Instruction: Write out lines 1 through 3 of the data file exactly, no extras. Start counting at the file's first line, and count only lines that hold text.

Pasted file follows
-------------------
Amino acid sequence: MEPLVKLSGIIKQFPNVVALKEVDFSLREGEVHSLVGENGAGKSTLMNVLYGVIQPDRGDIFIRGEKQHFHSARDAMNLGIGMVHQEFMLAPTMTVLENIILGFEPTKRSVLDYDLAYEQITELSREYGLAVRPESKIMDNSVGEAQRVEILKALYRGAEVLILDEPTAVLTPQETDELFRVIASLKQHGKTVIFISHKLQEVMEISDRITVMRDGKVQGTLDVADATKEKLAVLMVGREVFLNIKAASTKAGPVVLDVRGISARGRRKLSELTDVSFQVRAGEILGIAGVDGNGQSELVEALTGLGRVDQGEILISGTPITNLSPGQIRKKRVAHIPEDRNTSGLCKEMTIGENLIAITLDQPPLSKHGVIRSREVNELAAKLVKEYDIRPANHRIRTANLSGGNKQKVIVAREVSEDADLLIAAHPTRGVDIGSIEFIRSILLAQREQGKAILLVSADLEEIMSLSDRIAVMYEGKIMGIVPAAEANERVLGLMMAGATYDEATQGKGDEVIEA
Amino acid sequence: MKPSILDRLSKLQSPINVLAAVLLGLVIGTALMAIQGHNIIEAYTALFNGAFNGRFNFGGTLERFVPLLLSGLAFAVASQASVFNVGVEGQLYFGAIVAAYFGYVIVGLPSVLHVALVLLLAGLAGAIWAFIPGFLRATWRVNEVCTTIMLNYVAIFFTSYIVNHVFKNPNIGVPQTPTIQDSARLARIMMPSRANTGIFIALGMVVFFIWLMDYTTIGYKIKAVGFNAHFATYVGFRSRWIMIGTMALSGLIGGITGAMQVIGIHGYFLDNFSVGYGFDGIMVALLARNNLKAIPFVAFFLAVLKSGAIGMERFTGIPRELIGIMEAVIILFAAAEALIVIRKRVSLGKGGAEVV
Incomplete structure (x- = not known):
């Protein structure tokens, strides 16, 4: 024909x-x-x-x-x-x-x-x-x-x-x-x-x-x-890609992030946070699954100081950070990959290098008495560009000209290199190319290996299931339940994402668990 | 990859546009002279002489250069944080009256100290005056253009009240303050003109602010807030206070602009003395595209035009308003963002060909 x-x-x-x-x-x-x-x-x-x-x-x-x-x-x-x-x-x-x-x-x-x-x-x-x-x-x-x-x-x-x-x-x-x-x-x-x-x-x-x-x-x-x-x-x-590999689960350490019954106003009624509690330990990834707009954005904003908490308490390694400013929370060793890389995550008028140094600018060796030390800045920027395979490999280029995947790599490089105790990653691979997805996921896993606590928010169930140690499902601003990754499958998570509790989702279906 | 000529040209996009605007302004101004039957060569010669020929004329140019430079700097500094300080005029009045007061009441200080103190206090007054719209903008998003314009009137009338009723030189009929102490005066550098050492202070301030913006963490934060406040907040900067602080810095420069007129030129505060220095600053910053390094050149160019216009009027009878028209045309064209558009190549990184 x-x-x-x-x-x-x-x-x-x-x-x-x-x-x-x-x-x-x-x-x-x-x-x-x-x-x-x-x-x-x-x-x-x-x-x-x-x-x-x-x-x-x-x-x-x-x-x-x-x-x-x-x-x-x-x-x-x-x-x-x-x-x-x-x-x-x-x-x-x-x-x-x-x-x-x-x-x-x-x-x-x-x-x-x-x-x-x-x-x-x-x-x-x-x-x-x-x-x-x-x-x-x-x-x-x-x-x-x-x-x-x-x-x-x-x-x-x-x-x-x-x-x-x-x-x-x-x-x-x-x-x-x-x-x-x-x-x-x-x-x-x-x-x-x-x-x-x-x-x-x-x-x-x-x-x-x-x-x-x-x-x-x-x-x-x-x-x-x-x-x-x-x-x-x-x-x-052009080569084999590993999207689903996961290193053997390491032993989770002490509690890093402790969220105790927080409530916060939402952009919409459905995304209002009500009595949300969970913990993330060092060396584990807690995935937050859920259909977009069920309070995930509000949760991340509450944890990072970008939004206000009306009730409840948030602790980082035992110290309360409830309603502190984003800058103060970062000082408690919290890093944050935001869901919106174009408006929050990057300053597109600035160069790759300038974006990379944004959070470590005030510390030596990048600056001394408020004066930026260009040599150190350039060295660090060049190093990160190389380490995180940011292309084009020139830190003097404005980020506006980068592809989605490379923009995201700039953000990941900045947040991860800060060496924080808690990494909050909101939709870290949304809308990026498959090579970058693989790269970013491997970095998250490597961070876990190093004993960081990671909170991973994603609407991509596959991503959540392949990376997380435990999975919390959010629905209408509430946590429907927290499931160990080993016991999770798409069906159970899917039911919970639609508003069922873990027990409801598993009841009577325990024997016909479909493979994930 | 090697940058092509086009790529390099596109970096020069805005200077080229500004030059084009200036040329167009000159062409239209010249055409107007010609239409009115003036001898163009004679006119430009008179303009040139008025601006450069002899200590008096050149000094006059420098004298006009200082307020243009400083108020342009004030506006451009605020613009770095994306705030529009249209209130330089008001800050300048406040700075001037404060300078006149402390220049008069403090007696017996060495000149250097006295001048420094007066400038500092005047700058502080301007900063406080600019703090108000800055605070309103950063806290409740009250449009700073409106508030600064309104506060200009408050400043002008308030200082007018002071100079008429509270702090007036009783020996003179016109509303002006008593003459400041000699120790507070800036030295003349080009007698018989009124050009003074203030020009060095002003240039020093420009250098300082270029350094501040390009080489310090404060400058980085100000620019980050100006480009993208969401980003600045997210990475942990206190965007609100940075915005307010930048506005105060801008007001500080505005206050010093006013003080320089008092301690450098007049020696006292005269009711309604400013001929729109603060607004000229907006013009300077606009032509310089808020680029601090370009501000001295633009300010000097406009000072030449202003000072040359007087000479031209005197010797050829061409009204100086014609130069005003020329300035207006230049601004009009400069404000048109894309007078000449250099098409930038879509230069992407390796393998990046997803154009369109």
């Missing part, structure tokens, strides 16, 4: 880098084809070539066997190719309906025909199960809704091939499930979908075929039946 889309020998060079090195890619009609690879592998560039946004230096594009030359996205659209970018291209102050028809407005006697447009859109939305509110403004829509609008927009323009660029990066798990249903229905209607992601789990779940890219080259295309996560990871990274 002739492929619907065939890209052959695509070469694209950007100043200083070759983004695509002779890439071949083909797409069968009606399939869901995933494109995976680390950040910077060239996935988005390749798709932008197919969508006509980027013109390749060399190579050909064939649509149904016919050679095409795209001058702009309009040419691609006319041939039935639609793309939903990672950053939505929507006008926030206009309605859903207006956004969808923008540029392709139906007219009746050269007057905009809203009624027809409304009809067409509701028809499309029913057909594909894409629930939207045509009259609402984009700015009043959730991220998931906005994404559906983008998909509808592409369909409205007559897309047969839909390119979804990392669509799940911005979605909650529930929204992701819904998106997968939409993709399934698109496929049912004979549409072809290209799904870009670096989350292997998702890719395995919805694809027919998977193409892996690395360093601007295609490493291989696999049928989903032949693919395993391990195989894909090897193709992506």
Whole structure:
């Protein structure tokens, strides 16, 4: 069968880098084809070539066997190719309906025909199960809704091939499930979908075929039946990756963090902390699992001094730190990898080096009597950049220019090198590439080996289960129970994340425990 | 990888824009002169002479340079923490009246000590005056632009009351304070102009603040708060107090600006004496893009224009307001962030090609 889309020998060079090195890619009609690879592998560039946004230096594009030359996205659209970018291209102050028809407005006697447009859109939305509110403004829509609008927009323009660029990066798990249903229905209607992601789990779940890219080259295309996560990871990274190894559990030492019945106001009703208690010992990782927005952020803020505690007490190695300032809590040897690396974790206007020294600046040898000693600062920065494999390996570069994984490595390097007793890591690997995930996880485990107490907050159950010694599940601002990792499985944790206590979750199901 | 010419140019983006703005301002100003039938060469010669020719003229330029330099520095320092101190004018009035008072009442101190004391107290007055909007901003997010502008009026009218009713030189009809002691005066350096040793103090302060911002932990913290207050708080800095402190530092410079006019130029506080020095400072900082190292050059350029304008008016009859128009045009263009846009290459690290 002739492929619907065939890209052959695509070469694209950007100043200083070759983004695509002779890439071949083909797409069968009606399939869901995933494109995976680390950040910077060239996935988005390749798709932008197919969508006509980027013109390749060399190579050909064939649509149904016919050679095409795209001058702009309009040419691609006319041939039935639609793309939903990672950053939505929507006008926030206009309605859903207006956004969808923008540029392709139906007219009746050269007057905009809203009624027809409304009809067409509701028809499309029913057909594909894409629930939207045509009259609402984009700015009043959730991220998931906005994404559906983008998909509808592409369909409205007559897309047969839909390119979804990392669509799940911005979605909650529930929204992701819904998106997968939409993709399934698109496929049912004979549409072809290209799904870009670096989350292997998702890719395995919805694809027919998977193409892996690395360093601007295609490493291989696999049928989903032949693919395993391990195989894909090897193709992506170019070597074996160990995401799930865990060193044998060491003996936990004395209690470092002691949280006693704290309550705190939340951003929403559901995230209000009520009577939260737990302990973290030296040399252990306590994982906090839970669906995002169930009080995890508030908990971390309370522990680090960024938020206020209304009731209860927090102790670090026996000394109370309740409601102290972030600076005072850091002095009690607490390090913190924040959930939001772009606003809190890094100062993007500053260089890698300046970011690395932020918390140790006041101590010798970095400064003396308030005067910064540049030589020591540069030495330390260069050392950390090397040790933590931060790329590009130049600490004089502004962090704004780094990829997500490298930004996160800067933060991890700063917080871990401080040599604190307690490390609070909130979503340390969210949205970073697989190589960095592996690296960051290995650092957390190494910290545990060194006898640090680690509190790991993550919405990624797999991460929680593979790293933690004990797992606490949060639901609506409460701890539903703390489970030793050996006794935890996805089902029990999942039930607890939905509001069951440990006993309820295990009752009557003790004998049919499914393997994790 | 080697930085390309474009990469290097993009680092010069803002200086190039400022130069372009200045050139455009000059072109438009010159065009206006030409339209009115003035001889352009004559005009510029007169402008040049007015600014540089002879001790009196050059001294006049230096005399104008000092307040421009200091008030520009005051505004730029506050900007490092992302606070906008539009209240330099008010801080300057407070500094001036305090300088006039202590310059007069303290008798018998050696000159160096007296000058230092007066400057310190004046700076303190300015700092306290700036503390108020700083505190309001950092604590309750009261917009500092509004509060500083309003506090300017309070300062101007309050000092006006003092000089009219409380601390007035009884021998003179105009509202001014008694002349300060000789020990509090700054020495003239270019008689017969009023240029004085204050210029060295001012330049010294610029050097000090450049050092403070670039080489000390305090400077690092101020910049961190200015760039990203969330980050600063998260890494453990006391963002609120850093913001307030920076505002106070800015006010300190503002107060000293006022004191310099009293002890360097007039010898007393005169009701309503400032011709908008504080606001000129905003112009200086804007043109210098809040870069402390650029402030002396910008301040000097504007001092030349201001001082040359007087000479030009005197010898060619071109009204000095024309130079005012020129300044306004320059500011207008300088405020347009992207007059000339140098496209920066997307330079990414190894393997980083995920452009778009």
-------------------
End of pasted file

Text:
Amino acid sequence: MEPLVKLSGIIKQFPNVVALKEVDFSLREGEVHSLVGENGAGKSTLMNVLYGVIQPDRGDIFIRGEKQHFHSARDAMNLGIGMVHQEFMLAPTMTVLENIILGFEPTKRSVLDYDLAYEQITELSREYGLAVRPESKIMDNSVGEAQRVEILKALYRGAEVLILDEPTAVLTPQETDELFRVIASLKQHGKTVIFISHKLQEVMEISDRITVMRDGKVQGTLDVADATKEKLAVLMVGREVFLNIKAASTKAGPVVLDVRGISARGRRKLSELTDVSFQVRAGEILGIAGVDGNGQSELVEALTGLGRVDQGEILISGTPITNLSPGQIRKKRVAHIPEDRNTSGLCKEMTIGENLIAITLDQPPLSKHGVIRSREVNELAAKLVKEYDIRPANHRIRTANLSGGNKQKVIVAREVSEDADLLIAAHPTRGVDIGSIEFIRSILLAQREQGKAILLVSADLEEIMSLSDRIAVMYEGKIMGIVPAAEANERVLGLMMAGATYDEATQGKGDEVIEA
Amino acid sequence: MKPSILDRLSKLQSPINVLAAVLLGLVIGTALMAIQGHNIIEAYTALFNGAFNGRFNFGGTLERFVPLLLSGLAFAVASQASVFNVGVEGQLYFGAIVAAYFGYVIVGLPSVLHVALVLLLAGLAGAIWAFIPGFLRATWRVNEVCTTIMLNYVAIFFTSYIVNHVFKNPNIGVPQTPTIQDSARLARIMMPSRANTGIFIALGMVVFFIWLMDYTTIGYKIKAVGFNAHFATYVGFRSRWIMIGTMALSGLIGGITGAMQVIGIHGYFLDNFSVGYGFDGIMVALLARNNLKAIPFVAFFLAVLKSGAIGMERFTGIPRELIGIMEAVIILFAAAEALIVIRKRVSLGKGGAEVV
Incomplete structure (x- = not known):